their previous routines.

However, often this reintegration behavior can also give children feelings of betrayal and lack of devotion to the

Another important theoretical approach to people's reactions due to a significant loss concerns young children’s
separation anxiety when their mother dies. It shows similarities with stages in adult grieving, according to British
psychologist and psychoanalyst John Bowlby (1960, 1961, and 1980). In particular, the first stage is numbness (apathy) in
the announcement of unpleasant information, which is approached as incredible, paralleling that reaction with the infant
who does not believe that his/her mother is not alive. The second phase concerns the search of the deceased with the aim of
bringing him/her back, because of the infant’s longing for reconnection with his/her mother. The third stage is
disorganization, desperation and despair, in which the future seems completely indifferent and uncertain. The final stage is
a reorganization, in which there is acceptance of the condition and desire for life reset. However, it is underlined that the
mourning process does not have to follow certain stages and that mourning may involve unexpected developments, stage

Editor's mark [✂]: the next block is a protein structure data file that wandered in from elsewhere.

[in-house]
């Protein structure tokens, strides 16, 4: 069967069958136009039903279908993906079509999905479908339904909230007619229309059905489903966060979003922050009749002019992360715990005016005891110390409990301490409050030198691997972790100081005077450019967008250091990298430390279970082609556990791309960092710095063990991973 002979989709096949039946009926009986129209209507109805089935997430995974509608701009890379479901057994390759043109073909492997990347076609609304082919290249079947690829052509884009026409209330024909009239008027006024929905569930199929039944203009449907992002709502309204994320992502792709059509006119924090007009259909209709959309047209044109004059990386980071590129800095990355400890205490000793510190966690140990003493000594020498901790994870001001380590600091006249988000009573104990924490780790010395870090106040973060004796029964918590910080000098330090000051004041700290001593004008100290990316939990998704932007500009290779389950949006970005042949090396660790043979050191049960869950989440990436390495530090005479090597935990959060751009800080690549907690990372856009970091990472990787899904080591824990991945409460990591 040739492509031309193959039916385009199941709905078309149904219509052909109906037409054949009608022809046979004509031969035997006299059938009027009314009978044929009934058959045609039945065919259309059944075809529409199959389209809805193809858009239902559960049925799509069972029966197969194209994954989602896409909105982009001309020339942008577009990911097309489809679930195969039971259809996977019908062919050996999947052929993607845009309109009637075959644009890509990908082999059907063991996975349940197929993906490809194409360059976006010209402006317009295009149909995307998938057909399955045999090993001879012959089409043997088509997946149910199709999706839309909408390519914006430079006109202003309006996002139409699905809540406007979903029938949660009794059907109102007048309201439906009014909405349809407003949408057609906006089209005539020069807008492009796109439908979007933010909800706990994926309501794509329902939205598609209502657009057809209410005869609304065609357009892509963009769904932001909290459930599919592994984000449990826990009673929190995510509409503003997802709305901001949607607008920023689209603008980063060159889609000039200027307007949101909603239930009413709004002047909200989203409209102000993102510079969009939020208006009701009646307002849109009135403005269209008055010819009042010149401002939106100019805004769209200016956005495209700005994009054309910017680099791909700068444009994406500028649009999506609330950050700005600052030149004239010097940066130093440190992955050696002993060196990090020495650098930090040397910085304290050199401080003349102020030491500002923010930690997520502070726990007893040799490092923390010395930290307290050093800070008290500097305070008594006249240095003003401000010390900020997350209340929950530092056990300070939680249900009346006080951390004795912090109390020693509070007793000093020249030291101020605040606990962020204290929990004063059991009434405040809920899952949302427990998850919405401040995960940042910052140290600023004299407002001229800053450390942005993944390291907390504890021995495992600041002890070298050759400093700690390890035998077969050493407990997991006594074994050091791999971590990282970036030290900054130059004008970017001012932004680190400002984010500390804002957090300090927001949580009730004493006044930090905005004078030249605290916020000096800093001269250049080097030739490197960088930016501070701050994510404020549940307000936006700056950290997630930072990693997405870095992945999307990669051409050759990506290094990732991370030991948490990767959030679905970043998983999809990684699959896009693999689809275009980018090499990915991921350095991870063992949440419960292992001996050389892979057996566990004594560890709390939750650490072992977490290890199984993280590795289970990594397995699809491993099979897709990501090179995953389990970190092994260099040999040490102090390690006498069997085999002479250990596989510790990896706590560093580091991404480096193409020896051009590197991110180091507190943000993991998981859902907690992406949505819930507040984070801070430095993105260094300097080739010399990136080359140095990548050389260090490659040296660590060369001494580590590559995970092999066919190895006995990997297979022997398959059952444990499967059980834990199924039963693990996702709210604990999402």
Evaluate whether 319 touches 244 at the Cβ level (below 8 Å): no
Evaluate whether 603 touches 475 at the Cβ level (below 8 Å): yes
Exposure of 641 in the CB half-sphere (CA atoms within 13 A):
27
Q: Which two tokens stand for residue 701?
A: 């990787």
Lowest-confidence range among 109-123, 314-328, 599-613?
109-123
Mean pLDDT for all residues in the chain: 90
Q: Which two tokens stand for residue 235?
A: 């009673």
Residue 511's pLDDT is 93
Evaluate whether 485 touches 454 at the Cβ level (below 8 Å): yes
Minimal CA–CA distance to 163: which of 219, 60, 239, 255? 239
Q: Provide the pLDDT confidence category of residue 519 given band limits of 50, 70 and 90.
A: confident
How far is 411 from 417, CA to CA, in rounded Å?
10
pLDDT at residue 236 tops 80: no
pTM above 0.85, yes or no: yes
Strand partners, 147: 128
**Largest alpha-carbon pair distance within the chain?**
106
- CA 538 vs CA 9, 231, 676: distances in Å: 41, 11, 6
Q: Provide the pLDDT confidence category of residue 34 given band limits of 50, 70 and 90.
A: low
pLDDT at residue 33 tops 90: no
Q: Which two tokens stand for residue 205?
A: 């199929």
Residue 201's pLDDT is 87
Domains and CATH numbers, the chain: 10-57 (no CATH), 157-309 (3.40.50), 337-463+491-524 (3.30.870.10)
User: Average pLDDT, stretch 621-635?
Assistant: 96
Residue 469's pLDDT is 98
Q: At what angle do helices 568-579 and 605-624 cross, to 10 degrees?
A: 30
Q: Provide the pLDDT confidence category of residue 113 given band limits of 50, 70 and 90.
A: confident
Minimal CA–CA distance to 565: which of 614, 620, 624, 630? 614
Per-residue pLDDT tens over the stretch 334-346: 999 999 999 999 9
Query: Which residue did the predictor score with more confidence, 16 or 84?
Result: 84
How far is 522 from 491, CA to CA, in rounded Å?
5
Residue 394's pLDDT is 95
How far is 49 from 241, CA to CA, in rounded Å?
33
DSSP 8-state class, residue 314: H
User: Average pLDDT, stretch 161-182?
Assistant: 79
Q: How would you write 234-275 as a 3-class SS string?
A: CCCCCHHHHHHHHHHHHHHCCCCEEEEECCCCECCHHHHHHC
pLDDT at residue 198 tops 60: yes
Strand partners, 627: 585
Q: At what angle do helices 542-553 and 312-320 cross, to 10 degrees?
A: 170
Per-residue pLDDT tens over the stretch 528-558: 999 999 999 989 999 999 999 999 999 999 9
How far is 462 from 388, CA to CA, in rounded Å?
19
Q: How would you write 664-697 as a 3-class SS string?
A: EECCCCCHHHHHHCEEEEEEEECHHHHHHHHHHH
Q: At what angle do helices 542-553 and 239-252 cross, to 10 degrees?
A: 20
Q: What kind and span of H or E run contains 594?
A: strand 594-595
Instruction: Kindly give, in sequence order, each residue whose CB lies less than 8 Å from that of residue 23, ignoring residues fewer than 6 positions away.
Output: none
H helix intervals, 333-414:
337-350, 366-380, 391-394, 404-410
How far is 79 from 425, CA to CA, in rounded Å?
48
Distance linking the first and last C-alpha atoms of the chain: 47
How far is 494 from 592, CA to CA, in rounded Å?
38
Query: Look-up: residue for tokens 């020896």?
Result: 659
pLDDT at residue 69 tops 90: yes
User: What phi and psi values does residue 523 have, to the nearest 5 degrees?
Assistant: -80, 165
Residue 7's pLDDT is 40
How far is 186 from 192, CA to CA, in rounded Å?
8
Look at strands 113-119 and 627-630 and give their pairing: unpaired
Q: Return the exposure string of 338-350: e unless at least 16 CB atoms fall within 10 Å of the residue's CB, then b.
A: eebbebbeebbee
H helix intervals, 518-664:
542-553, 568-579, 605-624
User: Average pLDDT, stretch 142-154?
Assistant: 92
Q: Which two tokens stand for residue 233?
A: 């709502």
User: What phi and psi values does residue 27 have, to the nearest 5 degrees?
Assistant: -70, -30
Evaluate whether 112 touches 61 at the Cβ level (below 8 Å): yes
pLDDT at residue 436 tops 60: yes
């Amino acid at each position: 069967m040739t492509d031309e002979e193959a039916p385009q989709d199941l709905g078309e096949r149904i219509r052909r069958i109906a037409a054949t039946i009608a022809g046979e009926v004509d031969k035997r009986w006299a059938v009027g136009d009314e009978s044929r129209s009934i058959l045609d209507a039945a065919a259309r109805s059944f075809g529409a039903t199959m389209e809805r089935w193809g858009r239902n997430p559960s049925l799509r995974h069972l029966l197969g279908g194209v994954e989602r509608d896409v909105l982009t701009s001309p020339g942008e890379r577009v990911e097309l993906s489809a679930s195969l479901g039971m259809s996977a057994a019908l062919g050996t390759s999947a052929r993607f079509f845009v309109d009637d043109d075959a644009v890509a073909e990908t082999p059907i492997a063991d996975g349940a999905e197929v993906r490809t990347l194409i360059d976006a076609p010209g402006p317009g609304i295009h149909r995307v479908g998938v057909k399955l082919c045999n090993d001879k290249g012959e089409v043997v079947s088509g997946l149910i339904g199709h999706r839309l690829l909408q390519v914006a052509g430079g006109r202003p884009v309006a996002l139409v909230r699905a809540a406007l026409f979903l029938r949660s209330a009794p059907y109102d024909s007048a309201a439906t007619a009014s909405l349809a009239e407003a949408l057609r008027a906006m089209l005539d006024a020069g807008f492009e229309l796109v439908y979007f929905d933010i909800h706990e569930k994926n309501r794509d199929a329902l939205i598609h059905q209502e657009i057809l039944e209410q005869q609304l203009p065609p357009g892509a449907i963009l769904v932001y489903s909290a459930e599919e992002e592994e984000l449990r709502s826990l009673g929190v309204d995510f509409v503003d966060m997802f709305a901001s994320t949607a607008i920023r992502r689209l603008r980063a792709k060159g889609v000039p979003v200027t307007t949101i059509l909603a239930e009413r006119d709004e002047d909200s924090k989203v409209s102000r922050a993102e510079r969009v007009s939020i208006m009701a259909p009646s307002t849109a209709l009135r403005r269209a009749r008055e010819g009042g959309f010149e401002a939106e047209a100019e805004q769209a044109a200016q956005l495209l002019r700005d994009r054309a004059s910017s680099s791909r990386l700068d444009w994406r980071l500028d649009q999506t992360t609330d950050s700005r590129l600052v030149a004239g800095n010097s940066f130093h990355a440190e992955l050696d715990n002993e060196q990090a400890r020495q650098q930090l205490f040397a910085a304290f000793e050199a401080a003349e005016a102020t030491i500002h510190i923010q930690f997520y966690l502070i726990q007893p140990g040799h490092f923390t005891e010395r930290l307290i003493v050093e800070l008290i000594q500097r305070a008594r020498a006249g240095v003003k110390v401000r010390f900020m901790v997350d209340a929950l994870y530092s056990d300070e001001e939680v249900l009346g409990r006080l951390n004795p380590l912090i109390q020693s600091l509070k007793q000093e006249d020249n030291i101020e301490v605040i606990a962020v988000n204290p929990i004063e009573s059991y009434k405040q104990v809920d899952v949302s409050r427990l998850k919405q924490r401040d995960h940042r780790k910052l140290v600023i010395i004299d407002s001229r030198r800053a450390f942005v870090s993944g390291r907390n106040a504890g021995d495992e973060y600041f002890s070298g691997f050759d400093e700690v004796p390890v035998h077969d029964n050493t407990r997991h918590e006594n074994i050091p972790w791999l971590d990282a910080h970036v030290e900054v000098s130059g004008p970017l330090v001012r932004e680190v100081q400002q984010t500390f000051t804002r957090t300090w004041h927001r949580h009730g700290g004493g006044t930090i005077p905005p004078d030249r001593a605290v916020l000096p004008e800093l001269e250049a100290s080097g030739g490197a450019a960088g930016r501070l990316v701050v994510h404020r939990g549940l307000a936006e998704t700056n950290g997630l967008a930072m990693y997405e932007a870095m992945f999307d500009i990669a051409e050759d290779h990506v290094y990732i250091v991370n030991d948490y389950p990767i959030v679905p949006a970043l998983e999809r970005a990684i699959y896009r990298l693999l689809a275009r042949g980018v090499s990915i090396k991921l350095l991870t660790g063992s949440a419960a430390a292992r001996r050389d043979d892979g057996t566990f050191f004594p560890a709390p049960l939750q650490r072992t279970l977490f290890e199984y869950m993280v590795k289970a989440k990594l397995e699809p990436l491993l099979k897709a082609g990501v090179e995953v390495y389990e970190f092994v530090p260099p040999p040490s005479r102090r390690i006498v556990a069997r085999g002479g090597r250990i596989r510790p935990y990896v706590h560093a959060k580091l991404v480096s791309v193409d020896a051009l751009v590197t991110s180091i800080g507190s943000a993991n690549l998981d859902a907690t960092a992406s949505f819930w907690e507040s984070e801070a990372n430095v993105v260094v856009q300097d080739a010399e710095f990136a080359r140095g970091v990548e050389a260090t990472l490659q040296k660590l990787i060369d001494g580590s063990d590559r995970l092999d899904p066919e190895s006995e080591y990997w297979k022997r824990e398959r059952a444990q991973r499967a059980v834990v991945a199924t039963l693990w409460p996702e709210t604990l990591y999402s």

omissions or repetitions (Leontari, 2006).


Children’s adjustment toloss and death of a loved one, especially when it comes to their parents, depends on many
factors, according to Dr. WilliamWorden (1996) and The Institute for Trauma and Stressat the NYU Child Study Center
(2002). The factors could be categorized into ten categories. These are the so-called mediating factors that influence the
course of adjustment and its effects on the loss.

In particular, these are the remaining parent and family members emotional and physical functioning, the child’s
adjustment to new data, his/her personality and temperament, the existence of pre-existing risk factors such as mental
illness, societal problems, etc. The family's consistency and socio-economic level, the unexpectedness of the condition,
the type of relationship between the deceased and the child, the deceased parent’s gender and the child’s gender,
the age of the deceased parent, the remaining parent and the child, theavailability of support networks or not, the existence
of a new partner in the parent’s life, the new partner’s timing and how he/she is presented, causing symptoms of insecurity